Tropic of Hopes: California, Florida, and the Selling of American Paradise, 1869-1929

Tropic of Hopes: California, Florida, and the Selling of American Paradise, 1869-1929

Tropic of Hopes: California, Florida, and the Selling of American Paradise, 1869-1929

Tropic of Hopes: California, Florida, and the Selling of American Paradise, 1869-1929

Synopsis

"Pushes aside the palm fronds celebrated by boosters to explain how the nineteenth-century frontiers of barren southern California and waterlogged southern Florida were reimagined as havens for American leisure and agriculture. This is the story of the birth of modern America."--Anthony J. Stanonis, author of Creating the Big Easy: New Orleans and the Emergence of Modern Tourism, 1918-1945

"A refreshingly original and subtly nuanced study of how nineteenth- and twentieth-century boosters sold Florida and California as 'semi-tropical' lands worthy of serious attention. With clarity and insight, Knight provides an instructive and provocative look at the peculiar machinations of identity formation in America."--Rebecca McIntyre, author of Souvenirs of the Old South: Northern Tourism and Southern Mythology

After the Civil War, two states emerged as America's paradise destinations. Transformed from remote, sparsely populated locales into two of the most publicized destinations in the country, California and Florida also became the most desirable. Private companies, state agencies, and journalists all lent a hand in creating the seductive, expansionist imagery that promoted the semitropical states, selling the idea of an attainable paradise within the United States.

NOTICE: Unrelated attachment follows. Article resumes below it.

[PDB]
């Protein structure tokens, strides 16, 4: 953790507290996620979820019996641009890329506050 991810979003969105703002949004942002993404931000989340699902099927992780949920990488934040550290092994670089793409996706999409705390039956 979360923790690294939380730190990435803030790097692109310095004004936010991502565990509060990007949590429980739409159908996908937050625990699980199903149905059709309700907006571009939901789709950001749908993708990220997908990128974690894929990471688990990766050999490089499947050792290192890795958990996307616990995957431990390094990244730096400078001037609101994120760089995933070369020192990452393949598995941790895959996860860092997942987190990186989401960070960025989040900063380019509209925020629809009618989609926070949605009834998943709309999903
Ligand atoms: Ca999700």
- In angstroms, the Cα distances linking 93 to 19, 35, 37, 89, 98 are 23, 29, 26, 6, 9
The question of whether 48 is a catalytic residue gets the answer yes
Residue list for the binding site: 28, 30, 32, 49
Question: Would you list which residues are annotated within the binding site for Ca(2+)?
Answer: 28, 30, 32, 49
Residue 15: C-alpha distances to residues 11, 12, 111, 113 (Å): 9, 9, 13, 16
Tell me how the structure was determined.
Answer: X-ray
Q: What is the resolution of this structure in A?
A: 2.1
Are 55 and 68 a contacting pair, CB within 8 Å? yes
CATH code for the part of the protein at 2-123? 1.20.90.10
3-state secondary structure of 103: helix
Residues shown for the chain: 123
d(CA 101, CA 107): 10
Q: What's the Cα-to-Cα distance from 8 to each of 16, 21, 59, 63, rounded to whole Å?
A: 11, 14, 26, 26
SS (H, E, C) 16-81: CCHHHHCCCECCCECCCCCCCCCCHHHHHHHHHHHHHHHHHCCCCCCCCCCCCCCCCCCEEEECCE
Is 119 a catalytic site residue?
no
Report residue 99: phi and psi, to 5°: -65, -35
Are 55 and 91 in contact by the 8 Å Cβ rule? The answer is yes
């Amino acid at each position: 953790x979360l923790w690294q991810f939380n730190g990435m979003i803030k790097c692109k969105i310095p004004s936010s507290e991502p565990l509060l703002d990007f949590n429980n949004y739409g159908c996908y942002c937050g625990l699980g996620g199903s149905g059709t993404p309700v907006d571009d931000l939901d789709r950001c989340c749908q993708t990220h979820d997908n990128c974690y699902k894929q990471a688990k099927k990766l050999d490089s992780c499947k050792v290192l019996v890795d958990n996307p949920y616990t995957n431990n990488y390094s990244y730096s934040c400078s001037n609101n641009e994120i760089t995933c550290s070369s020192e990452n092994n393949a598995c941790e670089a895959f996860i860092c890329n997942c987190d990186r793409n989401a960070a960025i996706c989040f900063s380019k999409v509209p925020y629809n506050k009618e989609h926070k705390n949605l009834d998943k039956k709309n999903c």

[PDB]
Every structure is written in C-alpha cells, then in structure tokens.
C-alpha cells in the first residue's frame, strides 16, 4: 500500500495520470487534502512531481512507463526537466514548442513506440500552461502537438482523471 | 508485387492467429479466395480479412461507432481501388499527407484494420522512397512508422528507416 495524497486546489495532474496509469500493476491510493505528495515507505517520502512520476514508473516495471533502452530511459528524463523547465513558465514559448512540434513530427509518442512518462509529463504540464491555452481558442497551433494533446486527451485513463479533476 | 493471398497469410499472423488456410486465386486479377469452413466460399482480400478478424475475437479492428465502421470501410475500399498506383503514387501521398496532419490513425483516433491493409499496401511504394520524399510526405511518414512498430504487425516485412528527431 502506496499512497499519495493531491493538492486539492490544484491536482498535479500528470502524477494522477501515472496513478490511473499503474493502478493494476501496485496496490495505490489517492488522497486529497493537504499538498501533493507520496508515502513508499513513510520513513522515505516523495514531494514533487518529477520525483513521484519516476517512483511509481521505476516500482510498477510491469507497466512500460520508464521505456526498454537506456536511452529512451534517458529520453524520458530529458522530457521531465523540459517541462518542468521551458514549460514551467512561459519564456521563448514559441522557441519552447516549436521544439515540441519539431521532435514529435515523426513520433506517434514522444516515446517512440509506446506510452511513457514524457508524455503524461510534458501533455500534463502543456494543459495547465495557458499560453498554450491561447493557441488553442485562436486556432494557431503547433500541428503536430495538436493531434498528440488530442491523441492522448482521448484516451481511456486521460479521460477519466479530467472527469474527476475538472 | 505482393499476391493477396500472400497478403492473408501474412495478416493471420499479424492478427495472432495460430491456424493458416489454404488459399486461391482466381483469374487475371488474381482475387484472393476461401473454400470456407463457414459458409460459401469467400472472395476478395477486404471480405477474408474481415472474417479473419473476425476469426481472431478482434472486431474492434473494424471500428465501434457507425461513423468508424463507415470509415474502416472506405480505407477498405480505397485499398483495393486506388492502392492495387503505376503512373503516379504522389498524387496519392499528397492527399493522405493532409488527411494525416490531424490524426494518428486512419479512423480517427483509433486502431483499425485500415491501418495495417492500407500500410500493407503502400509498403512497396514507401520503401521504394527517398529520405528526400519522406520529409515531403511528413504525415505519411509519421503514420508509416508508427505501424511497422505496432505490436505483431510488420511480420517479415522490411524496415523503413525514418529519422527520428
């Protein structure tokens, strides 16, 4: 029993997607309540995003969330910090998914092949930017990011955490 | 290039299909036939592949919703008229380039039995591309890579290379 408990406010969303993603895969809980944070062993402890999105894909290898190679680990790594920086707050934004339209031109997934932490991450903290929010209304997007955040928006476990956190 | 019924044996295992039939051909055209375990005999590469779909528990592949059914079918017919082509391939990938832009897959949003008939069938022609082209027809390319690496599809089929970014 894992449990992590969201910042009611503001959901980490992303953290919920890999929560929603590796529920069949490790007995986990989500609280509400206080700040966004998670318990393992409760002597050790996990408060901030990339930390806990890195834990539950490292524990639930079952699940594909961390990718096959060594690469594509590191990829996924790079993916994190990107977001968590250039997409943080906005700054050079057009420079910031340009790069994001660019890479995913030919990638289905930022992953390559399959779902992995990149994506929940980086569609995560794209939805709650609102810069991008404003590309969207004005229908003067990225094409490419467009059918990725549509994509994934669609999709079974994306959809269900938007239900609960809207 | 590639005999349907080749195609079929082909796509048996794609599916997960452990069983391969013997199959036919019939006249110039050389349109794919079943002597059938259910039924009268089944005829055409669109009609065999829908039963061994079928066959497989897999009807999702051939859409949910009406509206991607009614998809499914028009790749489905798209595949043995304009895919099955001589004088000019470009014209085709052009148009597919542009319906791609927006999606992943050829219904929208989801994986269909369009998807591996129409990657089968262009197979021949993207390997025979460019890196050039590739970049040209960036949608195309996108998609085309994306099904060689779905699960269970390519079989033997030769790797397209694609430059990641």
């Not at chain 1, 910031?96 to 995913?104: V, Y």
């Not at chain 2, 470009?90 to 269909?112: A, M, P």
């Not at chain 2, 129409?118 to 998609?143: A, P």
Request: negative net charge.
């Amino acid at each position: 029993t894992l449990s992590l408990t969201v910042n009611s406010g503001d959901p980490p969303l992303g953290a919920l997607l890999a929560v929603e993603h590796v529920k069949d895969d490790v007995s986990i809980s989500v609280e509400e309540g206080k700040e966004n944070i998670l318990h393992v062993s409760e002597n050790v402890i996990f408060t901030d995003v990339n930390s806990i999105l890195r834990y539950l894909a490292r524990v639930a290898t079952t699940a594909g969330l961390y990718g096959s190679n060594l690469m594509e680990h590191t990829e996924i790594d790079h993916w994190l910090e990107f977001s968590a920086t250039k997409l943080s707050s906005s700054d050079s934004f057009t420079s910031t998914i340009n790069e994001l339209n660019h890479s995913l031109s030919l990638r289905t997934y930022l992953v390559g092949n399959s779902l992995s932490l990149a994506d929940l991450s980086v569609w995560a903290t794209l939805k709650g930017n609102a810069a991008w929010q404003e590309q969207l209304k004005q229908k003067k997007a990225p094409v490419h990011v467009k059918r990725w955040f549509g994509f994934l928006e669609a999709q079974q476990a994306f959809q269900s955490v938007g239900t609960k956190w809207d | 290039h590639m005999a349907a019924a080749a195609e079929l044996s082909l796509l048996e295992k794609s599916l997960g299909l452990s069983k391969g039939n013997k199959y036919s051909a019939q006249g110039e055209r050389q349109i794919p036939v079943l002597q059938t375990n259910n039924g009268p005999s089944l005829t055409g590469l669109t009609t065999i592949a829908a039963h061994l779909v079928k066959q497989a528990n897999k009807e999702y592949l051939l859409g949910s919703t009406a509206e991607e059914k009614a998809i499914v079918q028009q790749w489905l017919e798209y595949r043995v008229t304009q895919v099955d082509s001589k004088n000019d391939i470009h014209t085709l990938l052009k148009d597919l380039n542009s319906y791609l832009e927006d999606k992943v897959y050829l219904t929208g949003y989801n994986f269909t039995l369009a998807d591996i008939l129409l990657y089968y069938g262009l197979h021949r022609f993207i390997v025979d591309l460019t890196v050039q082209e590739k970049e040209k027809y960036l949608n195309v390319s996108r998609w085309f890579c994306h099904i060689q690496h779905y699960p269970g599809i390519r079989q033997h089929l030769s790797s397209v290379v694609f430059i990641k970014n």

Henry Knight examines and compares the way the two states were promoted, adding to existing historiographies on California and Florida while providing expert analysis of how railroad kingpins, land barons, agriculturalists, and chambers of commerce invented and popularized an image of these states as the American Paradise.

Excerpt

In 1882, a journalist in the Los Angeles Times wrote, “There is no portion of the United States which presents so interesting a study as that known as the semi-tropical States.” Southern California and the U.S. South were soon to be linked by railroad, and the writer explained that “semi-tropic California” and “the semi-tropic States fringing the Gulf of Mexico” both had a “diversity of climate, of products, of people and of customs, which is unknown to any other portion of the habitable globe.” the two regions of “semi-tropic North America” were both profoundly similar and distinctly different: “In many respects they could not be more different if an ocean separated, instead of two great oceans inclosing them. Again, in many other respects, their similarities are so great as to strike one with the likeness.” One particular comparison stood out. Across semi-tropic North America, the journalist wrote, “Florida more than any other of these resembles Southern California.”

Taking up the comparative theme articulated by the Times writer, this book traces how, in the decades after the U.S. Civil War, promoters of California and Florida created new images of those states that emphasized their tropical qualities. California and Florida were not the only American states to be viewed this way: Texas and Louisiana were also often described as tropical regions by boosters and writers. However, California and Florida were the states about which the words “tropical” and “semi-tropical” were used most often in promotions and descriptions. While it lacked a fixed scientific or geographical definition, the term “semi-tropical” was applied to lands, climate, products (especially citrus), and peoples that shared qualities with—even though they remained . . .

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